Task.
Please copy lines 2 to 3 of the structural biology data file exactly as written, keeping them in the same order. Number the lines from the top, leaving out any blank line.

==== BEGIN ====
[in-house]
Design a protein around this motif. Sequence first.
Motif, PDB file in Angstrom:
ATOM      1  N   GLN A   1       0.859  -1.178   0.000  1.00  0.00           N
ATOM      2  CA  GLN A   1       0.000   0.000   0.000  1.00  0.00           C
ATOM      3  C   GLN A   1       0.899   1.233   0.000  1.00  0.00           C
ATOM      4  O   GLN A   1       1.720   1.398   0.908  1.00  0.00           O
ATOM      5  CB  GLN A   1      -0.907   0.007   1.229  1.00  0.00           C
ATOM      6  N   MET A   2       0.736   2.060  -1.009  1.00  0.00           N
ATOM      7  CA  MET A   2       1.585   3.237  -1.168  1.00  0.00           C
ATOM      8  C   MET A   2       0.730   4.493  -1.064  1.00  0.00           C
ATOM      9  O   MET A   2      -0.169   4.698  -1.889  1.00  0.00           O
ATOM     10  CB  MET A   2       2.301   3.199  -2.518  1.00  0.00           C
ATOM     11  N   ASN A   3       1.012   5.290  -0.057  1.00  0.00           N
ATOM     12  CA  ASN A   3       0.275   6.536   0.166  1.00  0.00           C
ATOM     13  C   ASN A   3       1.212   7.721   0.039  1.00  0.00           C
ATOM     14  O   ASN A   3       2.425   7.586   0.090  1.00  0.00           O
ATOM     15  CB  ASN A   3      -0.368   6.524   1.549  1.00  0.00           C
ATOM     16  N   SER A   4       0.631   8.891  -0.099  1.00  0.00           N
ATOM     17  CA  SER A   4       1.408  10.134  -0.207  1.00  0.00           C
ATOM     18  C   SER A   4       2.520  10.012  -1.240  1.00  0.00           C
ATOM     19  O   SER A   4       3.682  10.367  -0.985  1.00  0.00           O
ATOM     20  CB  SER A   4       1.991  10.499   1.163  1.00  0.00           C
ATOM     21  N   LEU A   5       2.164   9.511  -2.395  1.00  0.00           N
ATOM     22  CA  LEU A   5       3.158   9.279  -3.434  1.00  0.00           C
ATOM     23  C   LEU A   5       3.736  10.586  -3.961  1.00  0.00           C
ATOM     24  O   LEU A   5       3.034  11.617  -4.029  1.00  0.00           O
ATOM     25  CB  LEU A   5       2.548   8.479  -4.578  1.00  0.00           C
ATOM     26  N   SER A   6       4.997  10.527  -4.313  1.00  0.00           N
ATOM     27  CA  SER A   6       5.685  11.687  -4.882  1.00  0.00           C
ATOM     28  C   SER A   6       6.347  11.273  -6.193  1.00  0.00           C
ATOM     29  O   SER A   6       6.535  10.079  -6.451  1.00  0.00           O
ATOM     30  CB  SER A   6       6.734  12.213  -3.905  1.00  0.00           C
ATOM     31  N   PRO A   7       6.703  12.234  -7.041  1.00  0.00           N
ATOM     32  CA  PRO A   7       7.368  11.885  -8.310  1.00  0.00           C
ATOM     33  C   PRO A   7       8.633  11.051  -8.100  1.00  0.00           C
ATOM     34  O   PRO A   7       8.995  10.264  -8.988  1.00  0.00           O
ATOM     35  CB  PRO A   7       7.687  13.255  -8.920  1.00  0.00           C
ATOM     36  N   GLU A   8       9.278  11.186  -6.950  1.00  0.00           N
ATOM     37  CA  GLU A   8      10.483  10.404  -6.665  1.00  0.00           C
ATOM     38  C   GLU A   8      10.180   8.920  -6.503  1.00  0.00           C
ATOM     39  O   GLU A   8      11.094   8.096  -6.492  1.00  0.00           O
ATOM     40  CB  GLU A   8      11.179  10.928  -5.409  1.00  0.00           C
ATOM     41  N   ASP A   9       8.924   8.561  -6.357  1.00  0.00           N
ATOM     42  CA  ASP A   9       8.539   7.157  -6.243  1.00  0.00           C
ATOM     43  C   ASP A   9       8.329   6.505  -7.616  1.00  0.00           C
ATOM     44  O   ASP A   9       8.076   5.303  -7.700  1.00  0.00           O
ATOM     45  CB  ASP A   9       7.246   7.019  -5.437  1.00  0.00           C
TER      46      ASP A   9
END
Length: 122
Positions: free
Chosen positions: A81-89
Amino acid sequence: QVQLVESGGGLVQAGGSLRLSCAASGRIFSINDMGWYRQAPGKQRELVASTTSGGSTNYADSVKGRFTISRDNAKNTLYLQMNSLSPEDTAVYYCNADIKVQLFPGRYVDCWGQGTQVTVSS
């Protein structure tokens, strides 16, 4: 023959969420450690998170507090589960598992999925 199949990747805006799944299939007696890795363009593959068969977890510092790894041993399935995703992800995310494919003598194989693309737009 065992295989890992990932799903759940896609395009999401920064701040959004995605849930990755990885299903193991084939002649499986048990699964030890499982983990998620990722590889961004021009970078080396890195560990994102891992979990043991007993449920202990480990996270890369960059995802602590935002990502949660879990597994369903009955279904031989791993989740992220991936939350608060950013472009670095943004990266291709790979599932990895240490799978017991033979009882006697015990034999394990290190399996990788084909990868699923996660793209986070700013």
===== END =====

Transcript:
Design a protein around this motif. Sequence first.
Motif, PDB file in Angstrom: